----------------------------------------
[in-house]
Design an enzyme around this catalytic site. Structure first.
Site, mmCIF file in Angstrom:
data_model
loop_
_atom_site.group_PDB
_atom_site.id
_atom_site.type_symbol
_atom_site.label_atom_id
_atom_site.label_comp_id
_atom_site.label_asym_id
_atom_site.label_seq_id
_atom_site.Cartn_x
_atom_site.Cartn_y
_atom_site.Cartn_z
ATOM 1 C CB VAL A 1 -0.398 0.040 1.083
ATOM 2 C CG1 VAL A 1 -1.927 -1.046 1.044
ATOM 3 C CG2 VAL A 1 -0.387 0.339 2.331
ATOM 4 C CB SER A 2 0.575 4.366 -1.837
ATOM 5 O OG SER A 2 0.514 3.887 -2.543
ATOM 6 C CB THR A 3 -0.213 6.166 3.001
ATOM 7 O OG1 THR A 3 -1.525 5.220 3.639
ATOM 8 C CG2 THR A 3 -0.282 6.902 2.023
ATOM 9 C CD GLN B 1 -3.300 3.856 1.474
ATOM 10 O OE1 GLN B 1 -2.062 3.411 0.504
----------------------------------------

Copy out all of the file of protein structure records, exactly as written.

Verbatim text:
[in-house]
Design an enzyme around this catalytic site. Structure first.
Site, mmCIF file in Angstrom:
data_model
loop_
_atom_site.group_PDB
_atom_site.id
_atom_site.type_symbol
_atom_site.label_atom_id
_atom_site.label_comp_id
_atom_site.label_asym_id
_atom_site.label_seq_id
_atom_site.Cartn_x
_atom_site.Cartn_y
_atom_site.Cartn_z
ATOM 1 C CB VAL A 1 -0.398 0.040 1.083
ATOM 2 C CG1 VAL A 1 -1.927 -1.046 1.044
ATOM 3 C CG2 VAL A 1 -0.387 0.339 2.331
ATOM 4 C CB SER A 2 0.575 4.366 -1.837
ATOM 5 O OG SER A 2 0.514 3.887 -2.543
ATOM 6 C CB THR A 3 -0.213 6.166 3.001
ATOM 7 O OG1 THR A 3 -1.525 5.220 3.639
ATOM 8 C CG2 THR A 3 -0.282 6.902 2.023
ATOM 9 C CD GLN B 1 -3.300 3.856 1.474
ATOM 10 O OE1 GLN B 1 -2.062 3.411 0.504